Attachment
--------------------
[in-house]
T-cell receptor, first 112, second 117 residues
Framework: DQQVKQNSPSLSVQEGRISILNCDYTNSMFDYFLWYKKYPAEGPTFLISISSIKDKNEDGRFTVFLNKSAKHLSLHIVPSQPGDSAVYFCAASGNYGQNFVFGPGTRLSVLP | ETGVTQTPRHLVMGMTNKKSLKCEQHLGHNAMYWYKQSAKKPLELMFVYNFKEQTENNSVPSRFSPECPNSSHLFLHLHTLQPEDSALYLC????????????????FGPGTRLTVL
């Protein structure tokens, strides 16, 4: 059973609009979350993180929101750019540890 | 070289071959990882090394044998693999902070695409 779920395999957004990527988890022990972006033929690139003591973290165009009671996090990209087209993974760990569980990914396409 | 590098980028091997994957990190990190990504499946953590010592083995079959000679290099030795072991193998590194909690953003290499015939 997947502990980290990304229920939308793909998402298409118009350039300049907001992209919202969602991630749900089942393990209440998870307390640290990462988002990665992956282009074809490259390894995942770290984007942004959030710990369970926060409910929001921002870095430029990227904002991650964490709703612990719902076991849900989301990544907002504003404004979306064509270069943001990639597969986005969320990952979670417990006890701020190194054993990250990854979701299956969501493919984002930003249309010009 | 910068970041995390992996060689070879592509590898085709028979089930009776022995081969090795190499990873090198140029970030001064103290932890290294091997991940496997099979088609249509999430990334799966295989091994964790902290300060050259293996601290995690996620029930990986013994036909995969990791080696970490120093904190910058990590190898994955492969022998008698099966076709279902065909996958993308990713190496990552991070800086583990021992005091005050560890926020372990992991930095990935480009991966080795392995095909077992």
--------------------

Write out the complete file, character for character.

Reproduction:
[in-house]
T-cell receptor, first 112, second 117 residues
Framework: DQQVKQNSPSLSVQEGRISILNCDYTNSMFDYFLWYKKYPAEGPTFLISISSIKDKNEDGRFTVFLNKSAKHLSLHIVPSQPGDSAVYFCAASGNYGQNFVFGPGTRLSVLP | ETGVTQTPRHLVMGMTNKKSLKCEQHLGHNAMYWYKQSAKKPLELMFVYNFKEQTENNSVPSRFSPECPNSSHLFLHLHTLQPEDSALYLC????????????????FGPGTRLTVL
């Protein structure tokens, strides 16, 4: 059973609009979350993180929101750019540890 | 070289071959990882090394044998693999902070695409 779920395999957004990527988890022990972006033929690139003591973290165009009671996090990209087209993974760990569980990914396409 | 590098980028091997994957990190990190990504499946953590010592083995079959000679290099030795072991193998590194909690953003290499015939 997947502990980290990304229920939308793909998402298409118009350039300049907001992209919202969602991630749900089942393990209440998870307390640290990462988002990665992956282009074809490259390894995942770290984007942004959030710990369970926060409910929001921002870095430029990227904002991650964490709703612990719902076991849900989301990544907002504003404004979306064509270069943001990639597969986005969320990952979670417990006890701020190194054993990250990854979701299956969501493919984002930003249309010009 | 910068970041995390992996060689070879592509590898085709028979089930009776022995081969090795190499990873090198140029970030001064103290932890290294091997991940496997099979088609249509999430990334799966295989091994964790902290300060050259293996601290995690996620029930990986013994036909995969990791080696970490120093904190910058990590190898994955492969022998008698099966076709279902065909996958993308990713190496990552991070800086583990021992005091005050560890926020372990992991930095990935480009991966080795392995095909077992």